A few years ago, neighbor John Colbert, a former history teacher, got the idea of adding a historical perspective, by dressing as George Washington to deliver Washington’s 1789 Thanksgiving proclamation. Over the years, others have joined in – Charles Dalton as Abraham Lincoln, Colbert as Teddy Roosevelt (he’s more “Teddy-shaped,” he admits) and John Nestico as Washington. Several years ago, Colbert’s daughter Livvy, now 15, came as Patsy Custis, Washington’s adopted granddaughter.
Using historic proclamations turns the event into a real kickoff for the holiday and adds to the occasion.
“We try to keep it as simple as possible and not make it a meal anyone has to prepare,” says Hinson.
“It’s happy hour, it’s oysters. People kind of love it.”
Tips from an organized hostess
Nina Toth of Charlotte shared some of her favorite tricks for feeding a houseful:
▪ Put the slow cooker to work. Use it as much as you can to free up the oven.
▪ People don’t mind heavy-duty paper plates if you have lots of real flatware.
▪ Set up drinks somewhere else, in a cooler or an aluminum tub. That cuts down on people going in and out of your refrigerator.
▪ Get a friend to plan menus with you. Look them over for each other, so you don’t miss anything.
▪ Use the online-shopping option at supermarkets and set up a second order just before the big meal. That way, you’ve gone through some of the food before you have to make room for the rest.
Coca-Cola Glazed Ham
Maya Angelou liked a York-style ham she learned in London, which is boiled and then glazed. We found a version from Nigella Lawson that’s similar. Look for a bone-in smoked ham that isn’t pre-sliced. From foodnetwork.com.
1 (4 1/2- to 5-pound) bone-in ham
1 onion, peeled and sliced
1 (2-liter) bottle cola
Handful of whole cloves
1 heaping tablespoon molasses
2 teaspoons dry mustard, such as Coleman’s
2 tablespoons demerara (raw cane sugar) or light brown sugar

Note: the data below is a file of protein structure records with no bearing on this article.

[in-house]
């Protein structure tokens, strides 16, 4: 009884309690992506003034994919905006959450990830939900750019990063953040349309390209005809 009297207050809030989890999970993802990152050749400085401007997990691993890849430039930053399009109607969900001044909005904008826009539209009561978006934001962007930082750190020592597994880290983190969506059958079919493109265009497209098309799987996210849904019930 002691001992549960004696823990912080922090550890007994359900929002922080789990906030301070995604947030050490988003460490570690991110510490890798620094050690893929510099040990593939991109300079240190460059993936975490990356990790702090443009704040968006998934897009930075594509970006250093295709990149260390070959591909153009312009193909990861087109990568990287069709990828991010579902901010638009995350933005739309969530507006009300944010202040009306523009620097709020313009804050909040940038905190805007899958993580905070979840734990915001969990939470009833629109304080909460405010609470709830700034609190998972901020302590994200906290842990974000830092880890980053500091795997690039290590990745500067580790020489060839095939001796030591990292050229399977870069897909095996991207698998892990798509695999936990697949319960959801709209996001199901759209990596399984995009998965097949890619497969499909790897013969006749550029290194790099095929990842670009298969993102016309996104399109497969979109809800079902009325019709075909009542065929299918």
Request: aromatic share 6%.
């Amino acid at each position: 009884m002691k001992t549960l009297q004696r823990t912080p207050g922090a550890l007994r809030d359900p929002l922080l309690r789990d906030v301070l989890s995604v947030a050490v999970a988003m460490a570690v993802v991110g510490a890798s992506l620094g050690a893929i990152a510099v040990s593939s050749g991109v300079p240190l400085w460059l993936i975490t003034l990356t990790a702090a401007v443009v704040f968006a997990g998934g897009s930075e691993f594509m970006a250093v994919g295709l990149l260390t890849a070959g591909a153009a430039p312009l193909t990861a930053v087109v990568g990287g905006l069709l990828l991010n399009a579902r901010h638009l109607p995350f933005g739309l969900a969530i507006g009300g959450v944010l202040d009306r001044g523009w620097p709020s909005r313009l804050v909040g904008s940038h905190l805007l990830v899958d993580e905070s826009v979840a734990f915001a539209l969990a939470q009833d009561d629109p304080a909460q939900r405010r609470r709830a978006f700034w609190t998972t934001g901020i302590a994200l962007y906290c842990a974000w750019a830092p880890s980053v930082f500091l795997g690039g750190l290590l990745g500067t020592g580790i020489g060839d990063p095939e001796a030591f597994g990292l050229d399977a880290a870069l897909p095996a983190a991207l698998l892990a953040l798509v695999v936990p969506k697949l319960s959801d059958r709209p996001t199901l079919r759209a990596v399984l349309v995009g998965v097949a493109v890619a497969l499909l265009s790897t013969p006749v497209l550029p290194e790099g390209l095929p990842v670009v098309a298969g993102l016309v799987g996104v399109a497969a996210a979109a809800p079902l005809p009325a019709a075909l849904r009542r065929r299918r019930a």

Place the ham, onion and cola in a large pot or Dutch oven. Bring to a boil over medium-high heat. Cover and reduce heat to medium-low. Cook about 2 hours.
Turn off heat and let the ham cool. Remove to a cutting board and trim the skin, leaving a thin layer of fat. Using a knife, score the fat diagonally into large diamonds. Insert a clove in the center of each diamond. Spread the molasses over the surface. Combine the mustard and sugar, then pat it over the outside, so it sticks to the molasses.
Heat the oven to 500 degrees. Line a roasting pan with foil. Place the ham in the roasting pan and bake about 10 minutes until the glaze is burnished and bubbly.
Advance preparation: If you braise the ham in advance, refrigerate it until about an hour before serving. Glaze according to the directions, then let sit about 30 minutes. Place in a 350-degree oven for 30 to 40 minutes to glaze.
Yield: 8 to 12 servings.
Maple-Glazed Oven-Fried Bacon
Adapted from “Kitchen Hacks: How Clever Cooks Get Things Done,” from Cook’s Illustrated (America’s Test Kitchen, 2015). If you’re making breakfast for a crowd, make the bacon in the oven. It stays flat and gets crisp. To make it even better, add a little maple syrup at the very end.
1 pound of bacon (usually 16 slices)
About 1/4 cup pure maple syrup
Adjust oven rack to the center position and preheat oven to 400 degrees. Arrange the bacon slices in a single layer on a rimmed baking sheet. (You may need to use two sheets to hold them all, but remember that they will shrink as they cook, so you can put them close together.)
Bake until the fat begins to render, about 5 to 6 minutes. Turn the sheet (or sheets) and continue cooking until the bacon is crisp and brown, about 5 minutes for thin bacon or 8 minutes for thick. Before it’s completely crisp, remove from oven, carefully pour off most of the grease (a turkey baster is an easy way to do this) and drizzle each slice with about a teaspoon of maple syrup. Return to the oven and bake 2 or 3 minutes, until the syrup begins to bubble and the bacon is as crisp as you like.
YIELD: 6 to 8 servings.
Sausage and Croissant Breakfast Casserole
From Southern Living.
1 pound hot ground pork sausage
1 1/4 cups shredded Parmesan cheese
1 teaspoon salt
6 green onions, sliced
1 (13.22-ounce) package mini croissants (about 24), torn in pieces
Vegetable cooking spray
3 cups milk
1 cup heavy cream
5 large eggs, lightly beaten
2 cups (8 ounces) shredded Gruyere
Cook the sausage in a skillet over medium-high heat, stirring to crumble. Drain. Toss together sausage, Parmesan, salt, green onions and torn croissants. Arrange in a 13-by-9-inch baking dish coated with cooking spray.
Whisk together the milk, cream and eggs. Pour over the sausage and croissants. Cover and refrigerate 8 hours or overnight.
Preheat oven to 350 degrees. Uncover casserole and spread the Gruyere over the top. Bake 45 minutes, or until puffy and golden. Let stand 10 minutes before cutting into squares.
Yield: 8 to 10 servings.